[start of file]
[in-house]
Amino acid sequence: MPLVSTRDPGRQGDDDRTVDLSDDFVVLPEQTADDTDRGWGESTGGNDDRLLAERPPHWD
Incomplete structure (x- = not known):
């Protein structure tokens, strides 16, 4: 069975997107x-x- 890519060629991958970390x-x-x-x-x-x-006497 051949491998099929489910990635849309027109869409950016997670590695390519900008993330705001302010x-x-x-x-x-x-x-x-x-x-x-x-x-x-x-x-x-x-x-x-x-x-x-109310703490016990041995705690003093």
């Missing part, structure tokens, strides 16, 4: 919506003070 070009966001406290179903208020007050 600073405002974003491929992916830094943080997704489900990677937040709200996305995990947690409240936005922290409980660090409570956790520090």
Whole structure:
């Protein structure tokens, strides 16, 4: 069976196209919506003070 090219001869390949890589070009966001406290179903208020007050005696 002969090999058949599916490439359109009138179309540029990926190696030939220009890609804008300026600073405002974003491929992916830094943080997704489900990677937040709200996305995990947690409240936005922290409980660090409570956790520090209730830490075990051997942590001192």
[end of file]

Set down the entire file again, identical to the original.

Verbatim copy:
[in-house]
Amino acid sequence: MPLVSTRDPGRQGDDDRTVDLSDDFVVLPEQTADDTDRGWGESTGGNDDRLLAERPPHWD
Incomplete structure (x- = not known):
């Protein structure tokens, strides 16, 4: 069975997107x-x- 890519060629991958970390x-x-x-x-x-x-006497 051949491998099929489910990635849309027109869409950016997670590695390519900008993330705001302010x-x-x-x-x-x-x-x-x-x-x-x-x-x-x-x-x-x-x-x-x-x-x-109310703490016990041995705690003093």
């Missing part, structure tokens, strides 16, 4: 919506003070 070009966001406290179903208020007050 600073405002974003491929992916830094943080997704489900990677937040709200996305995990947690409240936005922290409980660090409570956790520090």
Whole structure:
């Protein structure tokens, strides 16, 4: 069976196209919506003070 090219001869390949890589070009966001406290179903208020007050005696 002969090999058949599916490439359109009138179309540029990926190696030939220009890609804008300026600073405002974003491929992916830094943080997704489900990677937040709200996305995990947690409240936005922290409980660090409570956790520090209730830490075990051997942590001192």